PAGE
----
What Alice Forgot

Monday, June 17, 2013

Since I've been blogging less, I've been reading a lot more. I recently discovered that I like to borrow fiction from the library, but I like to buy nonfiction. I underline and take notes in nonfiction. I return to it because I want to recall those exact lines of helpfulness. But fiction, I just enjoy. I read it, savor it, and might even live with the characters rambling around in my head for a few days, but then I return it. There is no need for me to keep fiction because I won't open it again. The fiction I own, I'll pass it on the shelf, tap the spine and think, "Yes, that was a good one," but there will be no flipping through to find that one special passage. 

That's why I've convinced myself that fiction should be borrowed and returned to the library, except now I wish I could keep What Alice Forgotby Liane Moriarty just so I could walk by it and fondly remember one day, "Yes, that was a good one."

I read it in three days last week while we were on vacation. If I hadn't been forced to leave the pool I definitely would have finished it in one. What Alice Forgotis about a woman who wakes up on the floor of a spin class. She fell off the bike and severely bumped her head. She thinks it is 1998, but it's 2008. She thinks she is pregnant with her first child and happily married. Instead, she has three children and she is separated. I rarely read books set in modern times because I am afraid they will be silly or stupid. This book is neither silly nor stupid. It is a fascinating exploration of relationships, and how they change over time. The part I wish I could underline comes at the end of the book. (I don't think it deserves a spoiler alert because you still won't guess the outcome.)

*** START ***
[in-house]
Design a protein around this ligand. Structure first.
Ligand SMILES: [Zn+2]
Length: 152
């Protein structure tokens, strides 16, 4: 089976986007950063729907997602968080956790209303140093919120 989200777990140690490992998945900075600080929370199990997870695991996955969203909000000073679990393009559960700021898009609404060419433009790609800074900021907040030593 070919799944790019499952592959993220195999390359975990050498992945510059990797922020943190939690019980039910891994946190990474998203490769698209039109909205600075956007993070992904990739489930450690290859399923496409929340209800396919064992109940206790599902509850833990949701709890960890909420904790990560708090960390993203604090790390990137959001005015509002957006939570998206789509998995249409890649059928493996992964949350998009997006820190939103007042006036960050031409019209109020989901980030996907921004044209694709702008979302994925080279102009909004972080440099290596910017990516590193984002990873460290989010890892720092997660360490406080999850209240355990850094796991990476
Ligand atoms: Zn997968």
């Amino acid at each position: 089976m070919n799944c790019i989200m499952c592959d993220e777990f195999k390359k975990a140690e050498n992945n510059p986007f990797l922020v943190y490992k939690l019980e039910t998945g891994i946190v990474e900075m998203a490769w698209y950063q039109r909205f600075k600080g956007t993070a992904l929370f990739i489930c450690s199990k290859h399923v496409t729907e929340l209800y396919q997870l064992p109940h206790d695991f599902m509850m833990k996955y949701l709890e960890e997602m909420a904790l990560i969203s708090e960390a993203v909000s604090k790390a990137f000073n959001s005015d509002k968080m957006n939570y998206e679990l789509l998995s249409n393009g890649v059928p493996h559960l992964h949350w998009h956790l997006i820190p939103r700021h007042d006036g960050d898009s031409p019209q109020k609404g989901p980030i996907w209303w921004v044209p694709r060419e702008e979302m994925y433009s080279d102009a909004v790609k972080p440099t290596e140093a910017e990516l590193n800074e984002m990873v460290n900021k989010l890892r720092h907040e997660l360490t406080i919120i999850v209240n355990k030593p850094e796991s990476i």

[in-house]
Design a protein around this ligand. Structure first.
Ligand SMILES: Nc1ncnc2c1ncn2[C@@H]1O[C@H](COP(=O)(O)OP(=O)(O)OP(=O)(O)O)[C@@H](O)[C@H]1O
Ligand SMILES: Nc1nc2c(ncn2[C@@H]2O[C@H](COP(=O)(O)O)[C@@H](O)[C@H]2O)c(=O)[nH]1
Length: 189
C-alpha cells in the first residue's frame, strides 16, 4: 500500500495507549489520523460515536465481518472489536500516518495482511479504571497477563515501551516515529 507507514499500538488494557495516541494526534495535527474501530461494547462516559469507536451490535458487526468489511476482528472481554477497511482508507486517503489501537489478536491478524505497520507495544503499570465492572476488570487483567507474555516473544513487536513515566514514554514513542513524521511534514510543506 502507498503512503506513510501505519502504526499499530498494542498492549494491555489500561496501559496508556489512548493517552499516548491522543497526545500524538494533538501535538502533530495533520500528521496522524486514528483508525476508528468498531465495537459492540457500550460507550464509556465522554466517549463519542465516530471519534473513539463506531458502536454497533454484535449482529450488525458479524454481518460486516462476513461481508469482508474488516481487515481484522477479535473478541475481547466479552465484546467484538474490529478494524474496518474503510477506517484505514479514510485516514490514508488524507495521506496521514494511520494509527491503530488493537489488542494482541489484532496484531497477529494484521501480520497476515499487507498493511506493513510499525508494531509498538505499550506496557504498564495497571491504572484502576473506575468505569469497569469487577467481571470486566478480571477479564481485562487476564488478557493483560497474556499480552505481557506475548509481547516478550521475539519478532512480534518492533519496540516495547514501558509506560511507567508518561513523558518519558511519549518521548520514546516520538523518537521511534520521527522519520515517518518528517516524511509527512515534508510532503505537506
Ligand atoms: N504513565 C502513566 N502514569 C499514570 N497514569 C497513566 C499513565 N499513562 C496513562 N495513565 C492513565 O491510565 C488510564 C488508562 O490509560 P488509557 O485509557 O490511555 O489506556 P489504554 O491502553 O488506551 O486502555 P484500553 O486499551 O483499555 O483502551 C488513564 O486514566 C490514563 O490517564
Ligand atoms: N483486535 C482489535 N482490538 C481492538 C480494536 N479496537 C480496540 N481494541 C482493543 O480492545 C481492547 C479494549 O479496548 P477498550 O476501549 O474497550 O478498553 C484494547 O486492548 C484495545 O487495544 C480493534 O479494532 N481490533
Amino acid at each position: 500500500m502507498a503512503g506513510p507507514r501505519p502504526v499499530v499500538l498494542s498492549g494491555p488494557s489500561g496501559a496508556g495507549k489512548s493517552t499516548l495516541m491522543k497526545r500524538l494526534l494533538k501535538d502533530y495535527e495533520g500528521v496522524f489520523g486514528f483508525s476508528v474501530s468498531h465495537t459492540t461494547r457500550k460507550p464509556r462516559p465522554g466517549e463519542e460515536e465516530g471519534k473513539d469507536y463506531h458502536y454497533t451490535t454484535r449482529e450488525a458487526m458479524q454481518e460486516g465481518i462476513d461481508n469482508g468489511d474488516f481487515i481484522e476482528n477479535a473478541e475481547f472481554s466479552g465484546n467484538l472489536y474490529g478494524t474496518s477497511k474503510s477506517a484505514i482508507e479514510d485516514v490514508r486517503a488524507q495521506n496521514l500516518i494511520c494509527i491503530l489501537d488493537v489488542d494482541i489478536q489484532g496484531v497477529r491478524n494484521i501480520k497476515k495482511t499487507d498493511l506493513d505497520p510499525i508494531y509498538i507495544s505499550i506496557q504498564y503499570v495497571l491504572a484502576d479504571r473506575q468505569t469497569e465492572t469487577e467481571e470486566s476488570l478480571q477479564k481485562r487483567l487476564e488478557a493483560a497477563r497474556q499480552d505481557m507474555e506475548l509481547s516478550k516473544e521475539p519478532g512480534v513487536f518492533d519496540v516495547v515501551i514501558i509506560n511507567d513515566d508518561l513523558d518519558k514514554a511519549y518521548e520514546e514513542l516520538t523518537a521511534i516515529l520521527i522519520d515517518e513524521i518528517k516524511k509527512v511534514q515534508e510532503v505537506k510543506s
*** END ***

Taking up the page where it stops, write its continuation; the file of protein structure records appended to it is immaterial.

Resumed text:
This is what Alice learned about marriage:
She had always thought that exquisitely happy time at the beginning of her relationship with (her husband) was the ultimate, the feeling they'd always be trying to replicate, to get back, but now she realized that was wrong. That was like comparing sparkling mineral water to French champagne. Early love is exciting and exhilarating. It's light and bubbly. Anyone can love like that. But love after three children . . . after you've hurt each other and forgiven each other, bored each other and surprised each other, after you've seen the worst and the best - well, that sort of love is ineffable. It deserves its own word.
I think that's genius. My parents are celebrating 41 years of marriage today. My husband and I will celebrate 10 years on Friday. Every time I get on Facebook I'm reminded of another couple celebrating a June anniversary. It's the wedding month. And yet, we all know people who aren't. We know that stuff happens. Here's the unifier: Whether you are still together or not, none of us are the same people we once were, in those 10 year old, or 41 years old, photographs. 

That's kind of the point of Liane Moriarty's superb book. You can't go back. Our personalities and circumstances change over time. But if you can hang on through that, and not wish your life away for something else, well - that's something to remember.

Have you read What Alice Forgot? What did you think of it?

Linking with:

(This may be stretching the bounds of what I'm finding for His glory, but this realistic and ultimately positive view on family life felt God-sent to me on our anniversary trip.)

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7 Responses to “What Alice Forgot”

  1. Love this, especially that golden quote. I will keep my eye out for this book.

  2. I'm adding this book to my to-read list. Thanks for the recommendation! :)

  3. Thanks for sharing this book! I'm definitely going to add it to my must-read list! :)

  4. Imagine my delight when I saw you in the link up! We are going to the library tomorrow and I am going to see if they have this book, (BTW, I am a buyer of non-fiction, too. I love me some highlighting!)

  5. Woot! Glad you all are interested. Recommending a book with confidence is satisfying!

  6. Sounds great! I just put a hold on a copy at my library - can't wait to read it!

  7. I marked this one right away after seeing it on Goodreads, but now I'm really interested in reading it. That quote was awesome and dead-on. Looking forward to it! We'll be celebrating with you this weekend, 11 years on Saturday. Happy Anniversary!!